Punjabi may be out of Punjab, but Punjab is never out of her.
Nikki Haley, the outspoken U.S. ambassador to the U.N., says if she comes out sounding strong, it’s because that’s how she was raised by her parents, who are Sikhs from Punjab.
She does her “job to the best of my abilities and if that comes out blunt, comes out strong, I am one of two brothers and a sister and my parents raised us all to be strong,” she said at a news conference on April 3.
Her father Ajit Singh Randhwa, is from Amritsar district. He is an agriculture science professor. Her mother is Raj Kaur Randhwa.
One of her brothers, Mitti Randhwa, was an Army officer who saw action in Operation Desert Storm, 1990-91, leading a company tasked with finding chemical weapons.
Just over two months into her office as the first Indian-American to be appointed to a cabinet-level position, she has made waves by calling a spade a spade, if not a shovel, in an arena where a diplomat may delicately call it a spoon.
She has called the U.N. Human Rights Council “corrupt”, the U.N. of being a partner of a “corrupt” government, and Syrian President Bashar al-Assad a “war criminal”, and declared she was free to “beat up on Russia”.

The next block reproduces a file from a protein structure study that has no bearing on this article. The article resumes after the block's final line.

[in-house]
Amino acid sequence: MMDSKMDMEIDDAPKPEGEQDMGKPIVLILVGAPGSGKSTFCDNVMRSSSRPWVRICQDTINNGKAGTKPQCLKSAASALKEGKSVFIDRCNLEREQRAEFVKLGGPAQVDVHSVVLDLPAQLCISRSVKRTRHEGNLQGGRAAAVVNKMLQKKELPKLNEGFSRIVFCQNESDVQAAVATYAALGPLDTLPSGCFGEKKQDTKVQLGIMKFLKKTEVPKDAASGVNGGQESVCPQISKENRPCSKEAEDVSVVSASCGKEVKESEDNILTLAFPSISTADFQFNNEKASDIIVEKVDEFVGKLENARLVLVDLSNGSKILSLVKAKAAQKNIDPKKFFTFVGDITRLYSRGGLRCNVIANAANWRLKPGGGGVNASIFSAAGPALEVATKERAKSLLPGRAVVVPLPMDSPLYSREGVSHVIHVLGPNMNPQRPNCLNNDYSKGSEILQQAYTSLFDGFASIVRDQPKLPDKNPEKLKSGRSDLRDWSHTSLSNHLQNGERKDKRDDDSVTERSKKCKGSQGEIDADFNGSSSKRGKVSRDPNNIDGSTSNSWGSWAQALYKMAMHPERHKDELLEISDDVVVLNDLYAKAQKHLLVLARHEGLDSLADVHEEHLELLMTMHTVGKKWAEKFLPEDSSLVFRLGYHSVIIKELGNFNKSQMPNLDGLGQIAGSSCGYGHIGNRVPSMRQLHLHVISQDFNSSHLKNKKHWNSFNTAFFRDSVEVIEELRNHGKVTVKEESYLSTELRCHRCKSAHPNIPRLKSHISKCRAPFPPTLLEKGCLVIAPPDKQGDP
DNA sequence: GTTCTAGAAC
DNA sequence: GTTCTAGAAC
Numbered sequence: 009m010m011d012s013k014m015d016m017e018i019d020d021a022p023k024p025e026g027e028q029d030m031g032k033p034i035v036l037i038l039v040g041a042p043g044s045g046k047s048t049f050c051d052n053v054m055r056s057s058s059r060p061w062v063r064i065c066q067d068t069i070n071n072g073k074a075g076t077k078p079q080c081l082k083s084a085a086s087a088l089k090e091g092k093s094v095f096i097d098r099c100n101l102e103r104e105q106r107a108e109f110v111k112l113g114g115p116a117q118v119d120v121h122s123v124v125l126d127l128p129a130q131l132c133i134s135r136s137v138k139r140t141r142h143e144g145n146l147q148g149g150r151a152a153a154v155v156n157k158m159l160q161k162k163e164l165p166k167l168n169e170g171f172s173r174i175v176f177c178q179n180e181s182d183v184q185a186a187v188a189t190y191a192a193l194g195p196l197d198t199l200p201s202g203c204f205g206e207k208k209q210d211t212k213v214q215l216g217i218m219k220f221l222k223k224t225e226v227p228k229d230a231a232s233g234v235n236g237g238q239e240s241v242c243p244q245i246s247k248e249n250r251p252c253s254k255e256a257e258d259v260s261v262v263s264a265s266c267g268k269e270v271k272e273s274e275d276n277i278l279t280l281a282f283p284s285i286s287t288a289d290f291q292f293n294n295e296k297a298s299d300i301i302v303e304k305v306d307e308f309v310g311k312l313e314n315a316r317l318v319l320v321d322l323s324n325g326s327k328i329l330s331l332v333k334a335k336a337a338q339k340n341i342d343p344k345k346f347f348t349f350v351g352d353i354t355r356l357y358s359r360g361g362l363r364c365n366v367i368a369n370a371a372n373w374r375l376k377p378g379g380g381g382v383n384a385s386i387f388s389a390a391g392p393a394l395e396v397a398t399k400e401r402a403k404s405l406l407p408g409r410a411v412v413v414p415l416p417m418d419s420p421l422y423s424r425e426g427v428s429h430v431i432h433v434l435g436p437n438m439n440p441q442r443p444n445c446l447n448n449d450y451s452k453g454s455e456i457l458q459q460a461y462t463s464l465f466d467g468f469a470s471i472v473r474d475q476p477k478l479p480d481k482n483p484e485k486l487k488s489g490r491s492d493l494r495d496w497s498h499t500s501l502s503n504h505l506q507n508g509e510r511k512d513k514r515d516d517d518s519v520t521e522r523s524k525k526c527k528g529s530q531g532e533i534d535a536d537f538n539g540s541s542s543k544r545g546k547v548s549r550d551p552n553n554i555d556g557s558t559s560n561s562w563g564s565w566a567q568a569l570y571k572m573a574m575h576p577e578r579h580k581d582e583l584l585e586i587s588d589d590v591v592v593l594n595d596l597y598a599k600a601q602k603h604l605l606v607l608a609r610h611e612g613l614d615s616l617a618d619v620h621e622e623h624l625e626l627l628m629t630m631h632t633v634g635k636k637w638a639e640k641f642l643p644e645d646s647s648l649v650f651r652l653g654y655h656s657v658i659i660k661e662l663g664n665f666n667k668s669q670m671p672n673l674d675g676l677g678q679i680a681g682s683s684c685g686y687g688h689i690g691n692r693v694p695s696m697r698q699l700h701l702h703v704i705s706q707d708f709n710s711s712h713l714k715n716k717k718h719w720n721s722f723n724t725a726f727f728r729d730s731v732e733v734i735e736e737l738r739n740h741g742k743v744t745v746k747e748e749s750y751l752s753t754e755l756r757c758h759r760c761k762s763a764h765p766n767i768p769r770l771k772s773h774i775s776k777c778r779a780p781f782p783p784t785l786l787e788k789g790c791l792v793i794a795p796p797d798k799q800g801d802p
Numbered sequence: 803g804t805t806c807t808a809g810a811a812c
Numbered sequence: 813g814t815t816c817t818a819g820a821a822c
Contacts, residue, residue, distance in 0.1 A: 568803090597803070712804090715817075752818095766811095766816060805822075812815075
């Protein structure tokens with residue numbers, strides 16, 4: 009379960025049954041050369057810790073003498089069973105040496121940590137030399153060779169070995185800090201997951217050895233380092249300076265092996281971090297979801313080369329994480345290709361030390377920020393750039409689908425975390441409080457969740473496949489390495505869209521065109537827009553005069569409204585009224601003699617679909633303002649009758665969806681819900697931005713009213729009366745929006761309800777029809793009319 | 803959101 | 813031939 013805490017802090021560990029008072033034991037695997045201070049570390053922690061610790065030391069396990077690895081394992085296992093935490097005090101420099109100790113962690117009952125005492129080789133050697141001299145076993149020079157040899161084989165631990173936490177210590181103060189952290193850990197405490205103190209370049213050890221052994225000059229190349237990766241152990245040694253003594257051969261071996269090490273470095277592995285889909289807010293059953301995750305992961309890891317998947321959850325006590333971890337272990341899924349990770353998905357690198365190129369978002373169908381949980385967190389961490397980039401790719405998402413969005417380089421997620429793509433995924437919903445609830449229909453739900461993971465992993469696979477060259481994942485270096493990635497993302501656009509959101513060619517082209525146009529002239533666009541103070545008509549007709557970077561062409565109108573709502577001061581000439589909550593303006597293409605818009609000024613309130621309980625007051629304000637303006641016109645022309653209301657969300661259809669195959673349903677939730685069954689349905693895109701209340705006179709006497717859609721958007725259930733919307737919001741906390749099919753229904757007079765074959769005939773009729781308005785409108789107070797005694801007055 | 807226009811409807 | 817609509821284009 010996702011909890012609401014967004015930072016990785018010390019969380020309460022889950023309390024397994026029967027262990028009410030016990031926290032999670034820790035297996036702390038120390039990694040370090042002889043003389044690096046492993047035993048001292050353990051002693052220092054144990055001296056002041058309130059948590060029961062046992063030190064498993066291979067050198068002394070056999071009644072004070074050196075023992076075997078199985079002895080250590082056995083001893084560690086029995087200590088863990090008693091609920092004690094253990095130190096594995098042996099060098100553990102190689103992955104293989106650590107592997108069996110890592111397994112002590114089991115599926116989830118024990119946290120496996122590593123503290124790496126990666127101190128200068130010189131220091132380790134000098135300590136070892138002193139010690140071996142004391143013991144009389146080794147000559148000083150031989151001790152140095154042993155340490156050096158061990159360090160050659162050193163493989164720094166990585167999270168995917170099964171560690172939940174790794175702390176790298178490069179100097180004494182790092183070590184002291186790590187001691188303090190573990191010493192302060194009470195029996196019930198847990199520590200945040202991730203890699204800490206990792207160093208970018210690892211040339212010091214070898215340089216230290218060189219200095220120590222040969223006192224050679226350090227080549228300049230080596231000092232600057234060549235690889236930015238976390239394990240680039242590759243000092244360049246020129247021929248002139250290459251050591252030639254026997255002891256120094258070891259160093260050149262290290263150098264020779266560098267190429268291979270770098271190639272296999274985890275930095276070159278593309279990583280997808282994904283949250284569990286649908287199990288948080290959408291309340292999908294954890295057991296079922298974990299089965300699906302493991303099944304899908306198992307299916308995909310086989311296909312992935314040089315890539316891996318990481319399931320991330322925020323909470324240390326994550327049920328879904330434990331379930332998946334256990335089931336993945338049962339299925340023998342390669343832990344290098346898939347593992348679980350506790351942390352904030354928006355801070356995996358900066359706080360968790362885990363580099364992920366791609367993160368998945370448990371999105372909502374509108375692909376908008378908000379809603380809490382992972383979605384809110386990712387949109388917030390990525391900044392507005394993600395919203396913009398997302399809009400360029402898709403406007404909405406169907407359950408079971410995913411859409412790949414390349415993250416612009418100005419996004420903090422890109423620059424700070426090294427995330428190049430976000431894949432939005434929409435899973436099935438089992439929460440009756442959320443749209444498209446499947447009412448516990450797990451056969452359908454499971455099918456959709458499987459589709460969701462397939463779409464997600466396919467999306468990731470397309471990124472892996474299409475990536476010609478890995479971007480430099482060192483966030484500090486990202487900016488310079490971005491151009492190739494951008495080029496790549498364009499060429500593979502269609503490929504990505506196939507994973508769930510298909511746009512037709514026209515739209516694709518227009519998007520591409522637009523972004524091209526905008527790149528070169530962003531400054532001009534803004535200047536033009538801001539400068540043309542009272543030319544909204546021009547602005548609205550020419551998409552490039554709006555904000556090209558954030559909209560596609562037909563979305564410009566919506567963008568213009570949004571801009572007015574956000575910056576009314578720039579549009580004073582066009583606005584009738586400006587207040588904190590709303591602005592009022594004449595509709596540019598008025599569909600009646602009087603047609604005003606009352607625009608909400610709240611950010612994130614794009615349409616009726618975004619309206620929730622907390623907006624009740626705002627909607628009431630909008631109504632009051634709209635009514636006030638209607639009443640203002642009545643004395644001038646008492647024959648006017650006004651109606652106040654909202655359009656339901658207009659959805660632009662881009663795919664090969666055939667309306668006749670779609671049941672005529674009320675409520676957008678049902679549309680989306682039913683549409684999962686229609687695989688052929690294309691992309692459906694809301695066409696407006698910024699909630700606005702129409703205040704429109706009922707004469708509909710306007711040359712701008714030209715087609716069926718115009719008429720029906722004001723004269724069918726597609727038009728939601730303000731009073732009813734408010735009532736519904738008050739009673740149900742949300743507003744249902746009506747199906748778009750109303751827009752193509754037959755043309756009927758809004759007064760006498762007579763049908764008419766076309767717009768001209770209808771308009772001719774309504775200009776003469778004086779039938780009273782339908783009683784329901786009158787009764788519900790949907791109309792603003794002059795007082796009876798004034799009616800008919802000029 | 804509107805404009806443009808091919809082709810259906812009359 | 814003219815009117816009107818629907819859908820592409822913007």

And she perceives her job as shaking up the U.N. and pulling it by its purse strings, kicking and screaming, to carry out reforms.
A TV reporter addressed her as “Madam President” because she presides over the Security Council this month, and quipped that’s what she may be called in eight years – a hint that she may become the nation’s president.
Haley said that in every job she has held “people assumed I was looking for something bigger”.
But, she said, “In reality I am the daughter of Indian parents who said to me whatever you do be great at it and make sure people remember you for it. That’s all I have ever shown, try to be.”
Haley has emerged as the face of American diplomacy with her outspokenness and availability to the public and the media – she was on three Sunday morning TV talk shows speaking out on U.S. foreign policy, in addition to a speech at the Council on Foreign relations.
Unlike most of President Donald Trump’s cabinet and top officials she has a warm relationship with the otherwise belligerent media.
In contrast, Secretary of State Rex Tillerson has kept away from the media and minimized public appearances. Even his spokesperson, Mark Toner, is a holdover from President Barack Obama’s administration.
This makes Haley the only accessible authentic voice of Trump foreign policy, raising her public profile.
That in turn has led to media speculation in recent days that she is likely to succeed Tillerson.
Answering a question if she was offered the job of Secretary of State, Haley said that Trump did not make the offer when she met him at the Trump Tower barely two weeks after the election in November.
But she said, “The original call that I got to go to Trump Tower was to discuss Secretary of State.”
She added, “When we went in that was the position we were discussing.”